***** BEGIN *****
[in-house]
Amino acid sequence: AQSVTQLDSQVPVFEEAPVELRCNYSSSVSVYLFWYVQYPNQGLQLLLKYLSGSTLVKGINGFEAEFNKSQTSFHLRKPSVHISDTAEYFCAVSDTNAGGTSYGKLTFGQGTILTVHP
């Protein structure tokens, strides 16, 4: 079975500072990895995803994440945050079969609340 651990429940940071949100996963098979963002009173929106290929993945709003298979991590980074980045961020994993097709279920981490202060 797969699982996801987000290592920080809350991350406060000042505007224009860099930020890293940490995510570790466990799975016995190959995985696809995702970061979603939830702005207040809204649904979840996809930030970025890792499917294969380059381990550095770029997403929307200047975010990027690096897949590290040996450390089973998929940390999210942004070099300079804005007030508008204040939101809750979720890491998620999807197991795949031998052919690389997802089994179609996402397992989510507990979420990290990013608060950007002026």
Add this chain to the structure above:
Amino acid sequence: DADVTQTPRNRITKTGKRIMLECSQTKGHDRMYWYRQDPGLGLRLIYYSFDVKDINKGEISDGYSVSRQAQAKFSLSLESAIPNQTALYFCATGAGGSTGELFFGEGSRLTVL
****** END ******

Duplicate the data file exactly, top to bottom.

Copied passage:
[in-house]
Amino acid sequence: AQSVTQLDSQVPVFEEAPVELRCNYSSSVSVYLFWYVQYPNQGLQLLLKYLSGSTLVKGINGFEAEFNKSQTSFHLRKPSVHISDTAEYFCAVSDTNAGGTSYGKLTFGQGTILTVHP
């Protein structure tokens, strides 16, 4: 079975500072990895995803994440945050079969609340 651990429940940071949100996963098979963002009173929106290929993945709003298979991590980074980045961020994993097709279920981490202060 797969699982996801987000290592920080809350991350406060000042505007224009860099930020890293940490995510570790466990799975016995190959995985696809995702970061979603939830702005207040809204649904979840996809930030970025890792499917294969380059381990550095770029997403929307200047975010990027690096897949590290040996450390089973998929940390999210942004070099300079804005007030508008204040939101809750979720890491998620999807197991795949031998052919690389997802089994179609996402397992989510507990979420990290990013608060950007002026």
Add this chain to the structure above:
Amino acid sequence: DADVTQTPRNRITKTGKRIMLECSQTKGHDRMYWYRQDPGLGLRLIYYSFDVKDINKGEISDGYSVSRQAQAKFSLSLESAIPNQTALYFCATGAGGSTGELFFGEGSRLTVL